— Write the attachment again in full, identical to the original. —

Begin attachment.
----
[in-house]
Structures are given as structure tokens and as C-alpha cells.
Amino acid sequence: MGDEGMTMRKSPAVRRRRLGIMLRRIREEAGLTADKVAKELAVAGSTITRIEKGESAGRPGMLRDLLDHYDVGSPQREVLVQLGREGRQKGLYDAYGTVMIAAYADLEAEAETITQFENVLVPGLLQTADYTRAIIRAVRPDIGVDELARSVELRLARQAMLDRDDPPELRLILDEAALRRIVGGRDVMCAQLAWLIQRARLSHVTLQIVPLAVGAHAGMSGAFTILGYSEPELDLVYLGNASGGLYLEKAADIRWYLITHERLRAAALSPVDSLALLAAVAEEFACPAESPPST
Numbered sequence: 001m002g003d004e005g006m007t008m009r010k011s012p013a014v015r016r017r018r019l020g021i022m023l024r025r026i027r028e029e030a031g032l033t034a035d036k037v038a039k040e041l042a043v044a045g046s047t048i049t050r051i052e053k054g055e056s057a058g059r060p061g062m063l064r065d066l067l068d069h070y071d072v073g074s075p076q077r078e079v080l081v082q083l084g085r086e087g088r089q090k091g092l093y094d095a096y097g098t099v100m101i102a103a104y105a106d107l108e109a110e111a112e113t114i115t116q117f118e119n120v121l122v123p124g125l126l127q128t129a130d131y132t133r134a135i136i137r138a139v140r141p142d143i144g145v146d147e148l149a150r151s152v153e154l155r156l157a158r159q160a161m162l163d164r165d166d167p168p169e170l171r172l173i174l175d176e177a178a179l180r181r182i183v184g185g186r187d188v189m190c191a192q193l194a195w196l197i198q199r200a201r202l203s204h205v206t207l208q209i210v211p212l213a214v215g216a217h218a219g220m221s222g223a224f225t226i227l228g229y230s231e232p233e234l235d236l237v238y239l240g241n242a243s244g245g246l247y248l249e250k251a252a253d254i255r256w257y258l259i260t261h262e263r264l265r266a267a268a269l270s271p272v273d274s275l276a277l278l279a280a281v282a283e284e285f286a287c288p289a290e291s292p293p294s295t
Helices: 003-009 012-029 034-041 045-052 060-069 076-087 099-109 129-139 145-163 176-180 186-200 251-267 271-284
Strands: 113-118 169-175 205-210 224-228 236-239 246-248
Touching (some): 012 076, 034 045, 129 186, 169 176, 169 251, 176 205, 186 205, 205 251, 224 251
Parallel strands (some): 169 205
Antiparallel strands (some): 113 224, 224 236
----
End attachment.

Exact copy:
[in-house]
Structures are given as structure tokens and as C-alpha cells.
Amino acid sequence: MGDEGMTMRKSPAVRRRRLGIMLRRIREEAGLTADKVAKELAVAGSTITRIEKGESAGRPGMLRDLLDHYDVGSPQREVLVQLGREGRQKGLYDAYGTVMIAAYADLEAEAETITQFENVLVPGLLQTADYTRAIIRAVRPDIGVDELARSVELRLARQAMLDRDDPPELRLILDEAALRRIVGGRDVMCAQLAWLIQRARLSHVTLQIVPLAVGAHAGMSGAFTILGYSEPELDLVYLGNASGGLYLEKAADIRWYLITHERLRAAALSPVDSLALLAAVAEEFACPAESPPST
Numbered sequence: 001m002g003d004e005g006m007t008m009r010k011s012p013a014v015r016r017r018r019l020g021i022m023l024r025r026i027r028e029e030a031g032l033t034a035d036k037v038a039k040e041l042a043v044a045g046s047t048i049t050r051i052e053k054g055e056s057a058g059r060p061g062m063l064r065d066l067l068d069h070y071d072v073g074s075p076q077r078e079v080l081v082q083l084g085r086e087g088r089q090k091g092l093y094d095a096y097g098t099v100m101i102a103a104y105a106d107l108e109a110e111a112e113t114i115t116q117f118e119n120v121l122v123p124g125l126l127q128t129a130d131y132t133r134a135i136i137r138a139v140r141p142d143i144g145v146d147e148l149a150r151s152v153e154l155r156l157a158r159q160a161m162l163d164r165d166d167p168p169e170l171r172l173i174l175d176e177a178a179l180r181r182i183v184g185g186r187d188v189m190c191a192q193l194a195w196l197i198q199r200a201r202l203s204h205v206t207l208q209i210v211p212l213a214v215g216a217h218a219g220m221s222g223a224f225t226i227l228g229y230s231e232p233e234l235d236l237v238y239l240g241n242a243s244g245g246l247y248l249e250k251a252a253d254i255r256w257y258l259i260t261h262e263r264l265r266a267a268a269l270s271p272v273d274s275l276a277l278l279a280a281v282a283e284e285f286a287c288p289a290e291s292p293p294s295t
Helices: 003-009 012-029 034-041 045-052 060-069 076-087 099-109 129-139 145-163 176-180 186-200 251-267 271-284
Strands: 113-118 169-175 205-210 224-228 236-239 246-248
Touching (some): 012 076, 034 045, 129 186, 169 176, 169 251, 176 205, 186 205, 205 251, 224 251
Parallel strands (some): 169 205
Antiparallel strands (some): 113 224, 224 236